Cold snap next week to plunge country into sub-zero temperatures
A prolonged cold spell dubbed the “Norse Force” by Offaly meteorologist Cathal Nolan indicates a dramatic shift towards freezing cold temperatures next week.
According to the Ireland Weather Channel founder, both the GFS and ECMWF weather models indicate that temperatures would fall to values not seen since 2010, bringing about an icy regime that could last for some time.
“Recent cold temperatures, where it dropped to -8.2 degrees in Mullingar, have been the coldest weather we’ve seen since 2010,” begins Cathal Nolan, “but at the moment, given the weather models predictions, if this particular scenario plays out then this would overtake that and become the coldest spell since 2010,” he explains.
“It’s possible that it would be more like 2009 than 2010 in fact. 2010 was marked by significant snowfall, whereas 2009 stood out because of its freezing cold temperatures, and that’s what we’re more likely to see in the Midlands.
“Currently this particular cold spell looks like it will originate across the Arctic region and not from Siberia, meaning the primary focus of any wintry showers will be across the north and northwest of the country.
“The east, Midlands and south would remain largely dry but very, very cold for the most part.
“It all really depends on the wind direction. If we see the wind coming directly from the north and we don’t see any low pressure systems, we will stay predominantly dry in the Midlands, but it will still be very, very cold.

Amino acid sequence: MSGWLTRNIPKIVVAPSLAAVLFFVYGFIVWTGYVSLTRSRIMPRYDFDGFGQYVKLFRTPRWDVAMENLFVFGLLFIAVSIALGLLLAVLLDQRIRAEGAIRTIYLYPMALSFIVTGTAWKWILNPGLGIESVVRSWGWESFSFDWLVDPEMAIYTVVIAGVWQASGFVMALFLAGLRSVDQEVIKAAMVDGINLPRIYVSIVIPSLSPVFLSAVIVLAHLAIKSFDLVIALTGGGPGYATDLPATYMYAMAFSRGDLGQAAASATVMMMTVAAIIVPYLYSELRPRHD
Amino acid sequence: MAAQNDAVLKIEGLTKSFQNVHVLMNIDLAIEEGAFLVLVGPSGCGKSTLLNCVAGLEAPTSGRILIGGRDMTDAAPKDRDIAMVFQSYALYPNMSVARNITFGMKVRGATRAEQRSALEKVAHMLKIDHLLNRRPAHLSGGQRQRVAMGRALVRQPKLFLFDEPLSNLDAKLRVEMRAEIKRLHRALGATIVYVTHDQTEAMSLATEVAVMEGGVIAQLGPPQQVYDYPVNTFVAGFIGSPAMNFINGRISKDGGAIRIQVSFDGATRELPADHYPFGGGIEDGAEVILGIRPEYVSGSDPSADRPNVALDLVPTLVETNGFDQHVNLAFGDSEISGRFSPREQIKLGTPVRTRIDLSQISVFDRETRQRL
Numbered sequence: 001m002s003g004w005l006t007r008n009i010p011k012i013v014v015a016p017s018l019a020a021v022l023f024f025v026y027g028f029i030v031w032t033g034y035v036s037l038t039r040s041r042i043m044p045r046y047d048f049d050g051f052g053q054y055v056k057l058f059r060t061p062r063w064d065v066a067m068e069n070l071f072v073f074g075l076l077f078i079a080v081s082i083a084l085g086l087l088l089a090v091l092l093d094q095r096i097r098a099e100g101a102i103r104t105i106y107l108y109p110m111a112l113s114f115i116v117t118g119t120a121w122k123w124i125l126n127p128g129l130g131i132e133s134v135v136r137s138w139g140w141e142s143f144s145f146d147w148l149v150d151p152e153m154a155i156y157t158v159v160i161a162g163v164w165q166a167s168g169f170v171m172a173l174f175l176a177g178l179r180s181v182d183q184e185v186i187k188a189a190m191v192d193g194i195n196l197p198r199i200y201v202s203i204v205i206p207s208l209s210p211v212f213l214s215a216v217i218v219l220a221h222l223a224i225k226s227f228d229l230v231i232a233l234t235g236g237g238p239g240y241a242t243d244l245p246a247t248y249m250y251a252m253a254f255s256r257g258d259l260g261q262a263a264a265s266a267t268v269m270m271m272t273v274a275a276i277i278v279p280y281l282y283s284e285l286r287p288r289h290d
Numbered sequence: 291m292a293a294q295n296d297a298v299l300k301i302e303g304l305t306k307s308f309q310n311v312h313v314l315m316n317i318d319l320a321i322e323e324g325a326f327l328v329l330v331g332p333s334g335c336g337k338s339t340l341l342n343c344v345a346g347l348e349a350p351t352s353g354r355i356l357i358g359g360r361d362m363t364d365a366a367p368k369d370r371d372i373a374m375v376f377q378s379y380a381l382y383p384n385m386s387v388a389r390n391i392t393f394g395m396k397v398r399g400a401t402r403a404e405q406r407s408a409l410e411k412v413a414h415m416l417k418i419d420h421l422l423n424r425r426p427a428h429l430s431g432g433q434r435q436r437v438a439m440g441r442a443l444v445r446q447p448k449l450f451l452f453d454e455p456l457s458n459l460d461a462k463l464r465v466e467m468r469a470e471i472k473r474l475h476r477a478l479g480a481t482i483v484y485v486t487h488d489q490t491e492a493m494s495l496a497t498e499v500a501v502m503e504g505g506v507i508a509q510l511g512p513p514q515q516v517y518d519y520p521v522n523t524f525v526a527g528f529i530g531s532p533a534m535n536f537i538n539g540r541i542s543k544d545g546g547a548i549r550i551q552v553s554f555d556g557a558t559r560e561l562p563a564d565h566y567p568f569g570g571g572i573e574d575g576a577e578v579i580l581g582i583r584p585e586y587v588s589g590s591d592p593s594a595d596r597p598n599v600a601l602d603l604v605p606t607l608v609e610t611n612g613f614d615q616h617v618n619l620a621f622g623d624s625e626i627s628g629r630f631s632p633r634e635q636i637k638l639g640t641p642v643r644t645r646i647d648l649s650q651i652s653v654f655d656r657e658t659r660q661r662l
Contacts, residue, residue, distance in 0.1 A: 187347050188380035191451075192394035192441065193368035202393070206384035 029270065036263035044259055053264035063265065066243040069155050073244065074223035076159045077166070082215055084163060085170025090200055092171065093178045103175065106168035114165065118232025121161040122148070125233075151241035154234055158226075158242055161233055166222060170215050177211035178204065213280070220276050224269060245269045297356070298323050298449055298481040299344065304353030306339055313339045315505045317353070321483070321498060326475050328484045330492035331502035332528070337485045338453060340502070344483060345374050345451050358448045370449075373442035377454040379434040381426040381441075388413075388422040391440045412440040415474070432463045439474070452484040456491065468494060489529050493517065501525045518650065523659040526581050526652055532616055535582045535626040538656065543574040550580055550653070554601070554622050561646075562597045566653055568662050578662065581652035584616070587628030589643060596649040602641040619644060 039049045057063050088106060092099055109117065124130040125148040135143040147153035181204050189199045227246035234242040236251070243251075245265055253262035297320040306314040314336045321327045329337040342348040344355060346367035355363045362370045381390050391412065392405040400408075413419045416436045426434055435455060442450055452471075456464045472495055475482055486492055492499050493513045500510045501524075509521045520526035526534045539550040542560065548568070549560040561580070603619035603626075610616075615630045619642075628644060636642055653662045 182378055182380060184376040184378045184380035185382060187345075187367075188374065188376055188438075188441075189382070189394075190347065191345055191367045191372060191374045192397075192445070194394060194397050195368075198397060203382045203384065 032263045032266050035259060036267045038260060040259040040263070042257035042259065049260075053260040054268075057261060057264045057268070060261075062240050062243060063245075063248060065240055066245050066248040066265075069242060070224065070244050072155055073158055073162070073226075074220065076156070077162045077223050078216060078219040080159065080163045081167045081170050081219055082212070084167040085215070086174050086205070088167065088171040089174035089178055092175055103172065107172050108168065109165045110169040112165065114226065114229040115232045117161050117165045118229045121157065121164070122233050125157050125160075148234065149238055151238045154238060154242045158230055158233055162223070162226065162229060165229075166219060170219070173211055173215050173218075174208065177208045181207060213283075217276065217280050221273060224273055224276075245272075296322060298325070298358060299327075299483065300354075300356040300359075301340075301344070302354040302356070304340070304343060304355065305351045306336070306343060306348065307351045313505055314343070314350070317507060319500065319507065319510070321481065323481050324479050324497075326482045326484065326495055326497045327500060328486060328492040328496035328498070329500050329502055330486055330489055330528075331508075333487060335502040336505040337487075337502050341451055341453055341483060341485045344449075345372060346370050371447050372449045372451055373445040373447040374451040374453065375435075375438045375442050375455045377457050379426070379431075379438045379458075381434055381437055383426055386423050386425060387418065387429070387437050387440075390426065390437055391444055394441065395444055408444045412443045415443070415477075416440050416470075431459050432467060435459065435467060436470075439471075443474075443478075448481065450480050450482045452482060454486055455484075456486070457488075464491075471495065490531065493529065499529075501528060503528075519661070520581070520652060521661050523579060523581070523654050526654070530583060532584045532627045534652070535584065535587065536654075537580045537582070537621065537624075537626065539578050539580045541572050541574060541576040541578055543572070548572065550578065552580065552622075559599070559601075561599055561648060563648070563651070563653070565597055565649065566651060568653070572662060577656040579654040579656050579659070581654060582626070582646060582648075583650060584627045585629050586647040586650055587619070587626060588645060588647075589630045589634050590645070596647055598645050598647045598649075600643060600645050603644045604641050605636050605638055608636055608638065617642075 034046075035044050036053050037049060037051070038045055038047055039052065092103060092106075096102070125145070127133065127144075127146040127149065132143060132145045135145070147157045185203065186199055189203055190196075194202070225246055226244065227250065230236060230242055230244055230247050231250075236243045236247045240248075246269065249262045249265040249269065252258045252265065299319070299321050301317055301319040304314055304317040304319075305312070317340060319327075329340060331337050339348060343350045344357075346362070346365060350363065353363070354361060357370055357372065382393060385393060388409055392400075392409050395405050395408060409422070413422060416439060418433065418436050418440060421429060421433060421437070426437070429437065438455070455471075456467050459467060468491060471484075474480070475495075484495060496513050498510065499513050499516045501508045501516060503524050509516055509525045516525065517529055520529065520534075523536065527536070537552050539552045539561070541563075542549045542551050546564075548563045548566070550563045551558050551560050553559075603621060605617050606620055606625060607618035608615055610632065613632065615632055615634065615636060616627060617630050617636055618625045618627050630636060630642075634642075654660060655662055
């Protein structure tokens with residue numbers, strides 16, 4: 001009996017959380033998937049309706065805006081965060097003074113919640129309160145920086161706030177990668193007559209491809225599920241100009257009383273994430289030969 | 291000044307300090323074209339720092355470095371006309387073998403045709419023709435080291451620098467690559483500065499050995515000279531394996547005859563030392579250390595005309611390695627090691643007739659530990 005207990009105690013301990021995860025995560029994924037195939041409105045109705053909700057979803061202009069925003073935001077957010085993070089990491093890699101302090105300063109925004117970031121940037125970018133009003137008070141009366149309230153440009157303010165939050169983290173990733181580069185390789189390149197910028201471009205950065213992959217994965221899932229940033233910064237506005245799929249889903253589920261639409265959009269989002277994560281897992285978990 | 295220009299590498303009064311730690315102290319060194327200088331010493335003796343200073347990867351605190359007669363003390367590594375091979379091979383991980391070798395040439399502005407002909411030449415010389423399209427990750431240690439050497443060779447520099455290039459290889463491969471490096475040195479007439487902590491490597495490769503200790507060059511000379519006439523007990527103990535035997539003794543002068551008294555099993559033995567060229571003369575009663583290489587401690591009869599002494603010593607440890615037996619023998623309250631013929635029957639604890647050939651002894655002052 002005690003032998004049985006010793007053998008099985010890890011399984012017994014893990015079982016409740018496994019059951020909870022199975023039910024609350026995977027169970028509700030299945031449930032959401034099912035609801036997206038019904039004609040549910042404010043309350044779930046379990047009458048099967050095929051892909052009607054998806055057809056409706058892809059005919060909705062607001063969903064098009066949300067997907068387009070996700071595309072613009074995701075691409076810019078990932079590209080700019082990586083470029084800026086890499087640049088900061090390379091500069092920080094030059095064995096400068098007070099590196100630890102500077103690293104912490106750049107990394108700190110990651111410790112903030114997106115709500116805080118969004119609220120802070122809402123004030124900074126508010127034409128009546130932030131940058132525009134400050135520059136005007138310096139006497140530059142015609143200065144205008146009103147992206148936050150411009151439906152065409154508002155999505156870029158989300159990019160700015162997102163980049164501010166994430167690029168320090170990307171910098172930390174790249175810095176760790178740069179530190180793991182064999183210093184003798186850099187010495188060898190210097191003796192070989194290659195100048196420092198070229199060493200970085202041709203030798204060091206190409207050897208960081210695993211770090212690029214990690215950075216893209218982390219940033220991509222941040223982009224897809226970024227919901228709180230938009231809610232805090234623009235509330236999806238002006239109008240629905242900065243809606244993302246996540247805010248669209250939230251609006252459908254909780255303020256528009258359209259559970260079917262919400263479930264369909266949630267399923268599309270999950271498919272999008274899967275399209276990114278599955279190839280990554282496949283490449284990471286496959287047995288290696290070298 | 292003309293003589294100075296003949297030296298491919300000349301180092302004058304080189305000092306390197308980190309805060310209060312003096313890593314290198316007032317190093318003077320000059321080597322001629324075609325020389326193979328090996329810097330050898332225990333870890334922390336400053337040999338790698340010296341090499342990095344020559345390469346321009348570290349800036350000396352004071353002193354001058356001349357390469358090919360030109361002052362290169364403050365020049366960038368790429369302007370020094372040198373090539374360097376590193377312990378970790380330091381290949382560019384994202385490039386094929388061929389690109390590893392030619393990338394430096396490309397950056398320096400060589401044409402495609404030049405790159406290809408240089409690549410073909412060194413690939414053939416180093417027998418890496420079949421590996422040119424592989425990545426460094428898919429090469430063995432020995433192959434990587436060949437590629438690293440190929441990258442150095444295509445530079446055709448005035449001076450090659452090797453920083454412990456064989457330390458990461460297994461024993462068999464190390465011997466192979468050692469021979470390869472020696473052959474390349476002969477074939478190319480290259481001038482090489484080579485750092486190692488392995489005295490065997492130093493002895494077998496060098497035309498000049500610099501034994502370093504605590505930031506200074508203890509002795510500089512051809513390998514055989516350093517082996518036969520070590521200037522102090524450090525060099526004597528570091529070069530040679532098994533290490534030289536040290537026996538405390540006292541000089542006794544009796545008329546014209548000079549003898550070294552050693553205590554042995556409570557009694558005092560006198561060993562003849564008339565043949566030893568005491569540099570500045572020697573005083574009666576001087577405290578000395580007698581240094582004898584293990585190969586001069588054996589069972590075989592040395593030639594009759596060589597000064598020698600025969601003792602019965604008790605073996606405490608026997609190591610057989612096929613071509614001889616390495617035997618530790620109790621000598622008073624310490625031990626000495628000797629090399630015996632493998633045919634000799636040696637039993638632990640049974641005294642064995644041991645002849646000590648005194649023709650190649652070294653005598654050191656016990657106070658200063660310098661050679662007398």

“If we see low pressure systems trying to push in from the south however, that will interact with the colder air across the country and then you have the risk of seeing some heavy snow.”
The shift in our weather towards negative values will commence from Monday next week, but it will be Wednesday before we start to feel its icy grip.
“It’s difficult to say exactly how long this cold spell of weather will last but at the moment all the conditions are present for a particularly prolonged period of cold weather,” Cathal continues, adding that there are two main factors leading up to a dramatic fall in temperatures.
“The first is the Sudden Stratospheric Warming event we witnessed over the last couple of weeks. This results in a massive change in the stratosphere over the Arctic region. This then filters down through the different layers of the atmosphere, and eventually reverses the typical directional flow of wind that we see.
“So instead of our usual west to east airflow that brings in our typical weather from the Atlantic, we’re going to see an east to west wind, which disrupts the flow of the jet stream, a buckling of the jetstream.
“As a result, we see much much colder air feeding down from the north as opposed to our typical mild south to southwesterly winds coming across the Atlantic at this time of the year.”
“The second reason then is we’re expecting to see a blocking anticyclone, characterised by high pressure across Greenland and possibly extending as far as Iceland,” Cathal adds.
“Again, this acts to keep those Atlantic weather rain-bearing systems at bay.
“Typically you experience north to northeasterly winds with this particular type of scenario, so as a result, we see much much colder than average conditions and of course the risk of wintry precipitation too.”